Young Australian thrower Matthew Denny made light of a heavy work-load in taking two gold medals as the athletics at the Australian Youth Olympic Festival finally got under way in Sydney on Saturday (19).
The extreme heat which forced the cancellation of competition on Friday saw a two-day program compressed into one and meant that the 17-year-old Denny would have to throw twice in the day – Hammer in the morning and Discus in the afternoon – rather than just once.
Denny destined for Donetsk
On top of having been torchbearer at the Opening Ceremony, it was an imposing load but Denny, who boasts a list of IAAF World Youth Championships qualifiers almost as impressive as his young frame, was scarcely bothered.
He came out in the morning, with the boy’s Hammer being the first event on the programme, and threw a massive personal best of 79.26m to win from New Zealand’s Matt Bloxham, who was also over 70 metres with 71.79m and was back in the afternoon to take the Discus with a distance of 64.46m, ahead of China’s Liangyu Chen who was second with 61.79m.
"That’s a massive personal best (in the Hammer), it's four metres on my old best mark and that’s great," said Denny. "I was so happy with the technique behind it and to know that I can throw that far gives me such a boost." Denny said the performance helps set him up for his main goal, the IAAF World Youth Championships in Donetsk, Ukraine, in July.
"The World Youths are my big goal this year and the confidence today gives me to do well there is phenomenal, it means that I will mix it with the best if I am selected to compete and you can't complain about going into an event as someone that is in contention."
Australian competitors dominated the competition in numbers, taking 26 of the 40 events on offer. China won 10, New Zealand three and Brazil one.
Individually, though, it was just a step on the way to Donetsk. Australian athletes must achieve the Australian standards for Donetsk, which are generally tougher than the IAAF marks and considerably so in most track events, as well as win at the national junior championships in Perth in March to be guaranteed selection.
Denny's 16-year-old teammate, Yasenaca Denicaucau, won the girl's Shot Put and Discus while Alex Hulley took the girl's Hammer gold for the hosts. China's Jiayu Yang won the girl's javelin.
Chinese horizontal jumpers impress
China’s Jianan Wang, 2012’s best youth with 8.04m, took the boy’s Long Jump with a big 7.86m – a distance better than the gold medal-winning mark at the last World Youth Championships in 2011 – from Australia's Henry Smith, who got a personal best of 7.53m, while Yaoqing Fang took the Triple Jump with 15.62m ahead of Australia's Shemaiah James, with 15.05m.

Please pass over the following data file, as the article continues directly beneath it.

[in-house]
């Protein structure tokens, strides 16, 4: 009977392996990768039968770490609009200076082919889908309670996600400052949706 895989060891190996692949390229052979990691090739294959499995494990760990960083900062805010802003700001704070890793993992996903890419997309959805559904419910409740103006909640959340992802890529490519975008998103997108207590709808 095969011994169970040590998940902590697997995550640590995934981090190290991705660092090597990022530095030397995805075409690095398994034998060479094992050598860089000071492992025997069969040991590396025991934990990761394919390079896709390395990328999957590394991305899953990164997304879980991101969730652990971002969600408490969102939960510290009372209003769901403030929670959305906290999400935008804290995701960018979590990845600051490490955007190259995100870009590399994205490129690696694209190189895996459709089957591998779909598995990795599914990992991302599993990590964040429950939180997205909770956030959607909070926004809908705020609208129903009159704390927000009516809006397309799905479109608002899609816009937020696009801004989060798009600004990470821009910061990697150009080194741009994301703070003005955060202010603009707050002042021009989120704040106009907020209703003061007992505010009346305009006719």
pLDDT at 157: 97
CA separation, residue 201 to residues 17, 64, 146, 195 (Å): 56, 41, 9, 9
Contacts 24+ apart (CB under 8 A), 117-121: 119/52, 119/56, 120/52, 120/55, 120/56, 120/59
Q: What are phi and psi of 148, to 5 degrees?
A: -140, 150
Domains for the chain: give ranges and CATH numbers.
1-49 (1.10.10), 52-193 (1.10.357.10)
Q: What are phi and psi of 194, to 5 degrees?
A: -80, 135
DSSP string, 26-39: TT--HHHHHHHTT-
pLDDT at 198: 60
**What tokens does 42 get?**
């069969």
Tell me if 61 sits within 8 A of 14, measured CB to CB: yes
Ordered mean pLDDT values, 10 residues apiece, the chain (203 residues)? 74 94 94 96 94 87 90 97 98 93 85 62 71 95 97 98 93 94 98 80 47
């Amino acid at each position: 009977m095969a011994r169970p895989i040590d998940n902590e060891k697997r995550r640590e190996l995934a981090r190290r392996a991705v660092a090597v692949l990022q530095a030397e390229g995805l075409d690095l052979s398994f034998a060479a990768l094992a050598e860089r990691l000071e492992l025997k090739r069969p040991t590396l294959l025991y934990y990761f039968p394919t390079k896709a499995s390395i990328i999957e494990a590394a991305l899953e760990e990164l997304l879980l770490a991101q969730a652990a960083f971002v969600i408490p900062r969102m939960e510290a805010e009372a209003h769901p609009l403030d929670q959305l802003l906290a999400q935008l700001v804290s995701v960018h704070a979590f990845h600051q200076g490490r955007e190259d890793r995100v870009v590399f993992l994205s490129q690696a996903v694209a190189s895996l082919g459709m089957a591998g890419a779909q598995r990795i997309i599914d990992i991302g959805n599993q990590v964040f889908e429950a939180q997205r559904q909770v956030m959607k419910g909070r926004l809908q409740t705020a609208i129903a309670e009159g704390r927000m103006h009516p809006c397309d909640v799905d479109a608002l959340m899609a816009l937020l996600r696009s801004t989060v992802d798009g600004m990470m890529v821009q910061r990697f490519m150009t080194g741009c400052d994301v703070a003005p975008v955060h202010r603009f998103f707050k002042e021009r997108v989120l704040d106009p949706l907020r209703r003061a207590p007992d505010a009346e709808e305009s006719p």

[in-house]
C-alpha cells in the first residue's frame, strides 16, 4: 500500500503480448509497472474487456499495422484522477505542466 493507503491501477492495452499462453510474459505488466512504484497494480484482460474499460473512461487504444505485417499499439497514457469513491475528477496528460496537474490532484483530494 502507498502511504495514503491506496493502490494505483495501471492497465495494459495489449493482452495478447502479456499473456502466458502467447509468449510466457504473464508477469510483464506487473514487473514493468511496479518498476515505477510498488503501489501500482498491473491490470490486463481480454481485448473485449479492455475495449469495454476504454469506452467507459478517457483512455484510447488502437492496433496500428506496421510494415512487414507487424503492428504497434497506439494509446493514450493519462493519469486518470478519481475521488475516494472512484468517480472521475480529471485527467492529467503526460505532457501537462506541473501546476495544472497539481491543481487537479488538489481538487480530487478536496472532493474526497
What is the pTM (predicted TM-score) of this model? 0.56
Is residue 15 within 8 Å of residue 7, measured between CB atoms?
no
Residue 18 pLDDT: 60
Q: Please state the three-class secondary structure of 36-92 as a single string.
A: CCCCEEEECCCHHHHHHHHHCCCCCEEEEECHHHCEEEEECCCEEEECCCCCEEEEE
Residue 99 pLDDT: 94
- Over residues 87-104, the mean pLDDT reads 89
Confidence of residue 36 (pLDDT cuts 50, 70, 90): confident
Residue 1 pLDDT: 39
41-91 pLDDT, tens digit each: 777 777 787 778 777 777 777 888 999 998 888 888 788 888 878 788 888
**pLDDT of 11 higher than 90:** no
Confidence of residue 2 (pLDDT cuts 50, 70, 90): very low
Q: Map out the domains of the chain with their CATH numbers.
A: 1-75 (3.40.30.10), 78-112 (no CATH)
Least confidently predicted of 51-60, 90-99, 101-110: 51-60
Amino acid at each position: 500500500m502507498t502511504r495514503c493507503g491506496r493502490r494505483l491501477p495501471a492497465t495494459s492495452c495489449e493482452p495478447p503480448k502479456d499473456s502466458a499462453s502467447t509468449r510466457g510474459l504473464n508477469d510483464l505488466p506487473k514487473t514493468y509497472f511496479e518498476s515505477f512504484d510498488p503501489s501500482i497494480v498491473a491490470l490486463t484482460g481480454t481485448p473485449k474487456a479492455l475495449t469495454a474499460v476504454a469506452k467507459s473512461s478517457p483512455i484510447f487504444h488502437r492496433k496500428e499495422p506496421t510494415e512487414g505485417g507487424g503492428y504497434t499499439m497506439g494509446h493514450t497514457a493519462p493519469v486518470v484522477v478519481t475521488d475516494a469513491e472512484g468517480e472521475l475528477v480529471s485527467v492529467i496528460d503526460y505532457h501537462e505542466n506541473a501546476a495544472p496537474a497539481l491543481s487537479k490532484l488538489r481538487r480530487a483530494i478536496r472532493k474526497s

Australia's Aliyah Johnson had a narrow win over Tingchao Zeng in the girl's Long Jump, 6.02m metres to 5.93m, while Wang Rong went out to a huge 13.65m to win the Triple Jump by more than 1.5 metres.
Johnson, who is a member of the same training group as Olympic Long Jump silver medallist Mitchell Watt, also won the 100m Hurdles in 13.89 and was a member of the sprint medley relay winning team.
Australia’s Perth-based Pole Vault training centre continues to return big dividends with Nina Kennedy and Emma Phillippe both equalling their personal bests with 4.10m and 4.00m respectively.
The first two in the girls’ High Jump, Nicola McDermott and Hannah Joye, also bettered the Australian selection standards with both going over 1.80m, the verdict going to McDermott.
Australia’s Anas Abu-Ganaba took a sprint double, running 10.88 to win the 100m and 21.89 for the 200m. Zoe Hobbs took the girls’ 100m for New Zealand in 12.42 while Qingqing Zhan was another winner for China in the girls’ 200m in 24.77.
China’s Bokai Huang cleared 5.00m to win the boys’ Pole Vault while Yang Lu was an impressive winner of the 110m Hurdles in 13.70.
The tougher Australian standards continued to elude Hugh Nicklason but he nonetheless took out an impressive double in the boy’s middle-distance events, taking the 800m in 1:52.64 and the 1500m in 3:54.11, the latter breaking Ryan Gregson’s meeting record.
Brazil’s only gold medal of the competition came from Weverton Fidelis, who took the boys’ 3000m in 8:40.69.
After Friday’s record heat, the second day of competition was held in mild conditions with temperatures in the low to mid-20s and overcast conditions. There were even occasional light showers.
On Friday, the temperature in Sydney’s Central Business District on Friday peaked at 45.8C at 2:55pm, 0.5C hotter than the previous hottest day on record, which was recorded 74 years ago in January, 1939.
Last summer (2011-12), Sydney recorded just two days of 30C-plus weather. On average, one day of 40-Cplus is recorded every three summers, but Friday was the second one already in January.
Len Johnson for the IAAF